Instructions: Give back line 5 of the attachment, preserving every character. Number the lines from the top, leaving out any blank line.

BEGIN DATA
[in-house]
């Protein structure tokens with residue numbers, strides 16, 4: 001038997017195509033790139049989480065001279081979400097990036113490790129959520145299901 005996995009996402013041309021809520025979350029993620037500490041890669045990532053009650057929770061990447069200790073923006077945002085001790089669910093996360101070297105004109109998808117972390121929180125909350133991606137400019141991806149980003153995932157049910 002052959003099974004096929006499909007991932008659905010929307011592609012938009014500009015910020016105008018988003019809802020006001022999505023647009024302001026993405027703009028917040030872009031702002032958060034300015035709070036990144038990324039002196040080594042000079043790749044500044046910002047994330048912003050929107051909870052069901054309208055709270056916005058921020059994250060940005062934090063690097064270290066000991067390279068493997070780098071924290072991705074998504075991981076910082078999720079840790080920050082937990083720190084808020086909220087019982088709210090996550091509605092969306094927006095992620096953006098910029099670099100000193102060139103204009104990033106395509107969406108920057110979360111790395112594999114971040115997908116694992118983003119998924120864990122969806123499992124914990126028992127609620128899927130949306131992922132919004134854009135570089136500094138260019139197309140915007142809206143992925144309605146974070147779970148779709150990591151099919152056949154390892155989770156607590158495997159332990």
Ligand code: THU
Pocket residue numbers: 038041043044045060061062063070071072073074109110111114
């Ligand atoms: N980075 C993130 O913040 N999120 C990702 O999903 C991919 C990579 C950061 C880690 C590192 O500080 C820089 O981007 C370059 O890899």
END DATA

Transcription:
């Ligand atoms: N980075 C993130 O913040 N999120 C990702 O999903 C991919 C990579 C950061 C880690 C590192 O500080 C820089 O981007 C370059 O890899």